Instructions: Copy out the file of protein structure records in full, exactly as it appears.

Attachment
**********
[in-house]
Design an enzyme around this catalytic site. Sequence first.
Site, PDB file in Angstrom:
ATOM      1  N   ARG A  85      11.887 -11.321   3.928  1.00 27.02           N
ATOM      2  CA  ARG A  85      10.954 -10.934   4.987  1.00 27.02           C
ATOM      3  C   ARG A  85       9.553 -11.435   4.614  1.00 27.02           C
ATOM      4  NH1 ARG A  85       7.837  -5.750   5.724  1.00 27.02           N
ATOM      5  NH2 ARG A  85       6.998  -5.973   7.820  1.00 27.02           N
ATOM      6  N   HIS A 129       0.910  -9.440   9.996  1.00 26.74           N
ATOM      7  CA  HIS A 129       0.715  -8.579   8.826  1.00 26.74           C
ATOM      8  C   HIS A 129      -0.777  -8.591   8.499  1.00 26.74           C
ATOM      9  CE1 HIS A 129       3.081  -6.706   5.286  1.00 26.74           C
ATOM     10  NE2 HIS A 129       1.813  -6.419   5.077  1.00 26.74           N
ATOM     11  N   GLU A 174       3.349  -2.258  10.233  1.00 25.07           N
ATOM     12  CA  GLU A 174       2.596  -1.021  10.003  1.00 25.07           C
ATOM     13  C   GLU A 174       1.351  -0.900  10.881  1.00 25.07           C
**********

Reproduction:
[in-house]
Design an enzyme around this catalytic site. Sequence first.
Site, PDB file in Angstrom:
ATOM      1  N   ARG A  85      11.887 -11.321   3.928  1.00 27.02           N
ATOM      2  CA  ARG A  85      10.954 -10.934   4.987  1.00 27.02           C
ATOM      3  C   ARG A  85       9.553 -11.435   4.614  1.00 27.02           C
ATOM      4  NH1 ARG A  85       7.837  -5.750   5.724  1.00 27.02           N
ATOM      5  NH2 ARG A  85       6.998  -5.973   7.820  1.00 27.02           N
ATOM      6  N   HIS A 129       0.910  -9.440   9.996  1.00 26.74           N
ATOM      7  CA  HIS A 129       0.715  -8.579   8.826  1.00 26.74           C
ATOM      8  C   HIS A 129      -0.777  -8.591   8.499  1.00 26.74           C
ATOM      9  CE1 HIS A 129       3.081  -6.706   5.286  1.00 26.74           C
ATOM     10  NE2 HIS A 129       1.813  -6.419   5.077  1.00 26.74           N
ATOM     11  N   GLU A 174       3.349  -2.258  10.233  1.00 25.07           N
ATOM     12  CA  GLU A 174       2.596  -1.021  10.003  1.00 25.07           C
ATOM     13  C   GLU A 174       1.351  -0.900  10.881  1.00 25.07           C